Date reviewed: 2/9/10
Reviewer: Alison Trent
Recommendation: Strongly recommend
This website is free to use. You sign up with them to enter the website and they will send you updates, and allow you to save your session, or at least they will know where you were in your lesson when you logged out. There are many different languages to choose from, and the lessons for them are often posted by different language learning groups; Rosetta stone posts the English lessons, and someone else provides the Japanese ones. You have the ability to make your own flash cards, or use flash cards created by someone else, and there are many other components you could utilize.
When you go to the “about Live Mocha” section you are given information about the goals of the website, and if you click the highlighted section at the top saying “a group of experienced and successful entrepreneurs in Seattle” you will be directed to information about the people who run the site, and the companies that support it (Maveron and August Capitol). The site, “addresses a $20 billion worldwide language learning market fueled by rapid globalization, immigration and travel.”
Live Mocha is a really useful website, while beginning language students may need some initial help getting started, once you understand how it works using it is fairly easy. There are all sorts of language options for you to explore, and various levels to complete. Not all languages are taught in the same way since the learning programs for the languages came from different sources.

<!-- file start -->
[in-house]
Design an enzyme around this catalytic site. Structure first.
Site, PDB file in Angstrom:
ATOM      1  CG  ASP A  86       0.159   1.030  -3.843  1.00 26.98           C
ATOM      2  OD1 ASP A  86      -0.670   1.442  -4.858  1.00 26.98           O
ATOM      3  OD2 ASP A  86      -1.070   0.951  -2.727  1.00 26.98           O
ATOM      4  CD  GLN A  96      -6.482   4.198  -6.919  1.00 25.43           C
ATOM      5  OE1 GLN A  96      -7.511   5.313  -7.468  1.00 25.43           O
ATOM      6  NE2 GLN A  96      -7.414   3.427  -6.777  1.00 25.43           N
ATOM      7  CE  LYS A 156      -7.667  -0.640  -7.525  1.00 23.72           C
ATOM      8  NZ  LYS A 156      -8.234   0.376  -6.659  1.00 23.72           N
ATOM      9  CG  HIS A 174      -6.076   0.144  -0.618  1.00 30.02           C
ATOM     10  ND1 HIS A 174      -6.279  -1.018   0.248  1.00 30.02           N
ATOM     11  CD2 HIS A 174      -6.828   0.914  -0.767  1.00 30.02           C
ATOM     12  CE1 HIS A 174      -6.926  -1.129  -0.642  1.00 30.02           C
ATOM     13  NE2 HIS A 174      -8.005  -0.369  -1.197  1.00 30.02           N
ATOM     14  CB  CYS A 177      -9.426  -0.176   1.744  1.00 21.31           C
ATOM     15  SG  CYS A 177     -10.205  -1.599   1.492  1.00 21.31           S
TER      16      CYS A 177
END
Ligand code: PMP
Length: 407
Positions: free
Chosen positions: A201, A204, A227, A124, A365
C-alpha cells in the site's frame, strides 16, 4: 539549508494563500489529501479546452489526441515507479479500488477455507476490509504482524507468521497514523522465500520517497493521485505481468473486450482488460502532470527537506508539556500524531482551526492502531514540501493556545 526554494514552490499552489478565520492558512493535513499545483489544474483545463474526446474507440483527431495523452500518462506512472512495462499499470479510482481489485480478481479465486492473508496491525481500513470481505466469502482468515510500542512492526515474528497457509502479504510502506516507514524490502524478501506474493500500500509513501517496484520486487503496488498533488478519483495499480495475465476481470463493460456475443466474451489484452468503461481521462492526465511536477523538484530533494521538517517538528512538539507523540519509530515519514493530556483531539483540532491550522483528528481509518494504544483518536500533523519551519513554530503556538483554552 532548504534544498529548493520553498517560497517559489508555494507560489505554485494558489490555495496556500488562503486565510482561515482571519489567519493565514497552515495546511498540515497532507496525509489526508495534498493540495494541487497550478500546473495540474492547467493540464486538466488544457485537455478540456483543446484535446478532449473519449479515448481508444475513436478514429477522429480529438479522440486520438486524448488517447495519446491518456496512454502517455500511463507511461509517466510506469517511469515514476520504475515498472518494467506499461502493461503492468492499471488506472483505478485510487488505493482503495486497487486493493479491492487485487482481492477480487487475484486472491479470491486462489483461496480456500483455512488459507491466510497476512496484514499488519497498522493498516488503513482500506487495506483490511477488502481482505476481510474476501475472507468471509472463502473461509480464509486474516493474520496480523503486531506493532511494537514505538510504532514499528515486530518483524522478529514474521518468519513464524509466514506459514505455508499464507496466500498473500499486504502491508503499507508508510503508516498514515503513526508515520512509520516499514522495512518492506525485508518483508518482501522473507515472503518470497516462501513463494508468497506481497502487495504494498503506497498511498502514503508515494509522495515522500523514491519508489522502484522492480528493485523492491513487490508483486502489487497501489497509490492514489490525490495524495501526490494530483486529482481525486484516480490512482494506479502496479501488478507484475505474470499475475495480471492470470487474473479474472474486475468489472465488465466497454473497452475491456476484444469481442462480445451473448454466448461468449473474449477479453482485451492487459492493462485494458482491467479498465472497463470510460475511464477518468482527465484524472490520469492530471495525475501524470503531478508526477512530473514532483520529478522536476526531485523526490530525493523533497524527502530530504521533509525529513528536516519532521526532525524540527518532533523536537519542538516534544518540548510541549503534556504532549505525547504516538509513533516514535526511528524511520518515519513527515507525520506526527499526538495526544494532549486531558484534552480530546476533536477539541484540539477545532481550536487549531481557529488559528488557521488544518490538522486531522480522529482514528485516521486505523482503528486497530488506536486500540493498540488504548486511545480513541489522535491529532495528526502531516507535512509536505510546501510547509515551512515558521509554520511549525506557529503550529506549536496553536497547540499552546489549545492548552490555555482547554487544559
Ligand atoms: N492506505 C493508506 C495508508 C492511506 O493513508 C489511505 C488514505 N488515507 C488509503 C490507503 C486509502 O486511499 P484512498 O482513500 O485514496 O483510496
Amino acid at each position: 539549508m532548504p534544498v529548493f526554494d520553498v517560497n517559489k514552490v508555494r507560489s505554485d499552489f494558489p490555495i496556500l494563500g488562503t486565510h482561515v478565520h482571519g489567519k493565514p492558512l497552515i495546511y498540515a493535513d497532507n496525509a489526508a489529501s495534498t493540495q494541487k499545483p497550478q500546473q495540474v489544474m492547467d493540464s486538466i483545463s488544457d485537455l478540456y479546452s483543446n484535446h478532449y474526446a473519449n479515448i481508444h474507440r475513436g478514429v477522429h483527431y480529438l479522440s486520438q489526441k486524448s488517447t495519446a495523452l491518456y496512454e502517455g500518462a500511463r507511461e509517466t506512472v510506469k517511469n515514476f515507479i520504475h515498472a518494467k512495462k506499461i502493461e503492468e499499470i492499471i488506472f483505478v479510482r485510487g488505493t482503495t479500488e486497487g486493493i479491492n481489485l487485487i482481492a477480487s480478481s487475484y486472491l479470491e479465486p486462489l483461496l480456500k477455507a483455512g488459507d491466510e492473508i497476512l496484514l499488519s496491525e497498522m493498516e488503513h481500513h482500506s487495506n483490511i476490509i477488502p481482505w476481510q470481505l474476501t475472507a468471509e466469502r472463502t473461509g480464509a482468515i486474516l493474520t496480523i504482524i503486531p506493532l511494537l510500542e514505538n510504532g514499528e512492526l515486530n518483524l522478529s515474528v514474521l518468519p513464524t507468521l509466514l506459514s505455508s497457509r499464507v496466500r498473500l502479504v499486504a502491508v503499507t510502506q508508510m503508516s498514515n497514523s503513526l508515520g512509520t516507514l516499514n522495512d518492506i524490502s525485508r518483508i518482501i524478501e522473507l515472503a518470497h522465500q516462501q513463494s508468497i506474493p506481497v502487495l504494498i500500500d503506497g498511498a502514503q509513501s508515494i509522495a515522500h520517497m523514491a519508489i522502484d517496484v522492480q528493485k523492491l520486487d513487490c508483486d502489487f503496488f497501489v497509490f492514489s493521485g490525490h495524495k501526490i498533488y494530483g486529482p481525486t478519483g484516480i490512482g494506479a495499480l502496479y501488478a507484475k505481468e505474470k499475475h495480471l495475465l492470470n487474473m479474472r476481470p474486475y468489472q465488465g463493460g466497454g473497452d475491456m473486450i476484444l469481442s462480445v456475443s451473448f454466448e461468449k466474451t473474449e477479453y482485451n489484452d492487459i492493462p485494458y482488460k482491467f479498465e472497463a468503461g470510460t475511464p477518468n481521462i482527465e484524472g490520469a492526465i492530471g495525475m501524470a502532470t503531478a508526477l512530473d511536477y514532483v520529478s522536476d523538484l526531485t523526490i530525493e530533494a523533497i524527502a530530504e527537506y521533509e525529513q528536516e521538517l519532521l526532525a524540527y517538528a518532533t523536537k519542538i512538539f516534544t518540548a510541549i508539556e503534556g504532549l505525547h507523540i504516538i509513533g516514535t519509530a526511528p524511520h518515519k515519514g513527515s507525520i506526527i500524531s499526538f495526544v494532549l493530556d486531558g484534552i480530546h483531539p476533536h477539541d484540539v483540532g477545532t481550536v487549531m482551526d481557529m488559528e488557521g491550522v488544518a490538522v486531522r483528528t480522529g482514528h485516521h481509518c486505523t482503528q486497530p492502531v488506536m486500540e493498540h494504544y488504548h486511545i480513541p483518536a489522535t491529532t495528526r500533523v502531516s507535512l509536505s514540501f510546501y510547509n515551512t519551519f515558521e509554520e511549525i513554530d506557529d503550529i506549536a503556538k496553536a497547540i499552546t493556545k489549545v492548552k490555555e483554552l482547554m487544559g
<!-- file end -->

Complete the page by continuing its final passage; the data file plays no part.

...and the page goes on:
The best thing about this site is that you can hear the language spoken as you read the words bellow the picture they describe. While I am not sure how all of the languages are taught, with the Japanese program you can see the words in Japanese, in Romanji (phonetic Romanization) and in English translation.
When you first sign in to the website to begin your account, you are asked what language you speak, and what language you are learning; I picked the option of being an English speaker learning Japanese, so I do not know what would have happened if I had said I was a Japanese speaker learning English, perhaps I would have had directions in Japanese, or been given a different language program to learn from (this is something that could be interesting and helpful to know).
Overall I would strongly recommend this website to English learners. While beginning learners would need some help navigating the site and setting up their account, I think that they would benefit the most from the website since you can pick your level of study and go at your own pace which could make it perfect supplementary material for an ESL class.
Subject Headings: ESL learners, self study, forums